A version of this post appeared earlier this summer at GMNsight, the professional journal of the Grants Managers Network -Ed.
Nothing ventured, nothing gained. Or so our neighbors on Sand Hill Road here in the heart of Silicon Valley will tell you. They wear failure like a badge of honor, because it shows they were brave enough to take real risks. True to our roots, The Hewlett Foundation has long embraced failure, too. A perfect grantmaking record would be a sign that we’re not taking the risks that are necessary to accomplish our goals. So, we welcome failure. Not for itself, but for what it can teach us about our work, and how we can do it better.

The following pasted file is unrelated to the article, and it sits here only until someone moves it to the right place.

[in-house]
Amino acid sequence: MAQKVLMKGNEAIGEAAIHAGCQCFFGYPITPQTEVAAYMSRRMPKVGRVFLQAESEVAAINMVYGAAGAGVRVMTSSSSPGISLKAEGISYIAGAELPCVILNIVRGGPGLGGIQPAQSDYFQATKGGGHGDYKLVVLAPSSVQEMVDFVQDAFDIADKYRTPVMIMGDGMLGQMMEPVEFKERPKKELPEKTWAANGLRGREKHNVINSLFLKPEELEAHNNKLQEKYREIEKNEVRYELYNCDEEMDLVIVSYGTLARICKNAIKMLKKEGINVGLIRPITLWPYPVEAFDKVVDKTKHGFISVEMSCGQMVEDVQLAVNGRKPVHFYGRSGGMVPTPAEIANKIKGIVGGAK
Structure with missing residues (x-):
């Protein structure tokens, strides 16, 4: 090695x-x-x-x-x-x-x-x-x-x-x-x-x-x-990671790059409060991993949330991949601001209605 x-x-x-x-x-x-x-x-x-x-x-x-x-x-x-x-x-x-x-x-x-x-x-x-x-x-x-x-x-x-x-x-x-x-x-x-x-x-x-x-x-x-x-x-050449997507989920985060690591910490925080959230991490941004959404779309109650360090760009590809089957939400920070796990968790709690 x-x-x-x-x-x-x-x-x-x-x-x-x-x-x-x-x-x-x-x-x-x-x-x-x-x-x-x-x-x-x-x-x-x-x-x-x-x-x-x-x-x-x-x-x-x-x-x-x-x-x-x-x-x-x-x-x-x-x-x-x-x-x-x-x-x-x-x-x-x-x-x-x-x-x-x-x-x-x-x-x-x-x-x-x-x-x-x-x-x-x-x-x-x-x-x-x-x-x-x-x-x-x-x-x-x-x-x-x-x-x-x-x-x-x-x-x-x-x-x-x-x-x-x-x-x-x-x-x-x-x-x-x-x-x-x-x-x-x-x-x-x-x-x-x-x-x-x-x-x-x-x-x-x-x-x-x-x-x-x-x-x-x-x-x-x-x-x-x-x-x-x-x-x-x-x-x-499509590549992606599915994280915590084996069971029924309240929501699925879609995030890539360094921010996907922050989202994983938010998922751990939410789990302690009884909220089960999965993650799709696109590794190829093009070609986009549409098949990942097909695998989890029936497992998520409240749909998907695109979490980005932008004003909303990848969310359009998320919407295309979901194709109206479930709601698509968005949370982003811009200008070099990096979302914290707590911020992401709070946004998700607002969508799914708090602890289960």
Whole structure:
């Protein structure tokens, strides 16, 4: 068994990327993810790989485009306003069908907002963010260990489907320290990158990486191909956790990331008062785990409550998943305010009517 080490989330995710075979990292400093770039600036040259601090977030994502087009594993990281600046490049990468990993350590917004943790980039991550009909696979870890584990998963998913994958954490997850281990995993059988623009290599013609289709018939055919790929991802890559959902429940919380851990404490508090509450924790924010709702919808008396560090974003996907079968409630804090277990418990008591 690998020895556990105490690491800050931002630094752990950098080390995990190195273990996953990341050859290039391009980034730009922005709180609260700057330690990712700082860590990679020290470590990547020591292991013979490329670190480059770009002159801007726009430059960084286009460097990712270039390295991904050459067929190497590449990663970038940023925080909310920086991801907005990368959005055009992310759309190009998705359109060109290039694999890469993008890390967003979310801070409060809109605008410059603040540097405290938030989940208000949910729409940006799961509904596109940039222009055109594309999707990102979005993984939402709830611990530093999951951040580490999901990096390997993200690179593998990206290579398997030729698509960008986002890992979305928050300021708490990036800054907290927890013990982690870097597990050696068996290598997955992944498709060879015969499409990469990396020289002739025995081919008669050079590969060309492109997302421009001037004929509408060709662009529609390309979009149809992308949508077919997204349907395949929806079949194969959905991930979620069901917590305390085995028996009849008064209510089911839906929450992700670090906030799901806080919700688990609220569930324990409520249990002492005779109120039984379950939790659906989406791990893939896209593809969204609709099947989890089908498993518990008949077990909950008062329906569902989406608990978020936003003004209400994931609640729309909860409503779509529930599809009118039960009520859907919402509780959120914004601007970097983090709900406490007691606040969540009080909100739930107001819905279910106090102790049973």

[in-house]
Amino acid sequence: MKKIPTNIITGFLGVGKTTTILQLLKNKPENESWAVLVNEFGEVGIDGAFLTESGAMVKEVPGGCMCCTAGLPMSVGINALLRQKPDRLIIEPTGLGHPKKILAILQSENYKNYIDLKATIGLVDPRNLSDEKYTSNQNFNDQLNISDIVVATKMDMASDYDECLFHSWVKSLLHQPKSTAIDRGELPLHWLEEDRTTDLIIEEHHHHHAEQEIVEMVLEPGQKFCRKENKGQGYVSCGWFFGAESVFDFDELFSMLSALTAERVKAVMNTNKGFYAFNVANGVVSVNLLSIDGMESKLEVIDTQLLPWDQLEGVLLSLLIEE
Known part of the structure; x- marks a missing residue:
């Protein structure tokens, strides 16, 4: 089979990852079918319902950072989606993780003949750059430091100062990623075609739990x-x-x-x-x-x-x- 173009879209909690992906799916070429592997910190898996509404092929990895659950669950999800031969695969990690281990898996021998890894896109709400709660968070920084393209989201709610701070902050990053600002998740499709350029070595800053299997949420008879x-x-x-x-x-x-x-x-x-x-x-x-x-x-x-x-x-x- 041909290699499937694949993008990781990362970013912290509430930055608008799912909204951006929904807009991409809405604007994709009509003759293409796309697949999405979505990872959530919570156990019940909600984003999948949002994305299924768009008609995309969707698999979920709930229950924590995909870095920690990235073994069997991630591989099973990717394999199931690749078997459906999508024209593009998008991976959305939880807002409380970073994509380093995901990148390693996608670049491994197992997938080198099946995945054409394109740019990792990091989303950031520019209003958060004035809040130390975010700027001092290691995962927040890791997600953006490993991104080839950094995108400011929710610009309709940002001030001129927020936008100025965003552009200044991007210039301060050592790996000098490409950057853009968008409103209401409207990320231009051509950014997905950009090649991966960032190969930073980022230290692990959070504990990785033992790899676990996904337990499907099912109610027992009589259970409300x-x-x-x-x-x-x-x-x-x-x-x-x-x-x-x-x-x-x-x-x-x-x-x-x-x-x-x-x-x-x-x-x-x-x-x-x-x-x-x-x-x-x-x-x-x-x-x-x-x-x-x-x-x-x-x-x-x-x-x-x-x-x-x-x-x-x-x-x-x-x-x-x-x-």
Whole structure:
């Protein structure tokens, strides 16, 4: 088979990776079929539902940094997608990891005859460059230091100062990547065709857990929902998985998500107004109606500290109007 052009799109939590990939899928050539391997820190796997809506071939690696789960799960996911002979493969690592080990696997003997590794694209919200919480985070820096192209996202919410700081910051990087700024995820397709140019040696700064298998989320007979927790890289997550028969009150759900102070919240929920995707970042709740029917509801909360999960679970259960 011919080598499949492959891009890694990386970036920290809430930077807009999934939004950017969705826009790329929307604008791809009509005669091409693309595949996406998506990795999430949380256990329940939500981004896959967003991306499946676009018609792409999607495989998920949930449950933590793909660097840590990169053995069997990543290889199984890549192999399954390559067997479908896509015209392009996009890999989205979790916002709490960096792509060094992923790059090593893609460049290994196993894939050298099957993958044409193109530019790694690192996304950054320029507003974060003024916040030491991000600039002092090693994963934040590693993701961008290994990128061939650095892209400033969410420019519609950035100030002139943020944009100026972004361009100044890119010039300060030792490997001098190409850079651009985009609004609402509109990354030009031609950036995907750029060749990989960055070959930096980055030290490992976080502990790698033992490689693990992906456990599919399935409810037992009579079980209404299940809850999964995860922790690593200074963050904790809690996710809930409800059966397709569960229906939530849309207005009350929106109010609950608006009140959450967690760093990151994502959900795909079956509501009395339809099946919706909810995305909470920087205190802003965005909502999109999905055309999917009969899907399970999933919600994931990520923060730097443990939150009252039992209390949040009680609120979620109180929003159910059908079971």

That kind of growth requires real candor, introspection, and honesty. And there’s risk in that, too—exposing ourselves to criticism, pointing out our own errors in judgment, taking the chance that we might not like what we find. We don’t often think of it this way, but honesty is a risky virtue, maybe the riskiest. It’s one that can push us out to the fringe—of what’s comfortable for us and acceptable for our organizations. Real honesty about our failures takes real bravery. But it’s worth the risk.
In 2012 our Grants Management department was a brand new team—completely reorganized with me as the leader of a new staff working in newly defined roles within the Foundation. Our first priority was to develop trust and cooperation with the Foundation’s program staff. We were an unknown quantity, so it was important to build credibility. We had to prove ourselves as valuable assets to help the Foundation accomplish its goals.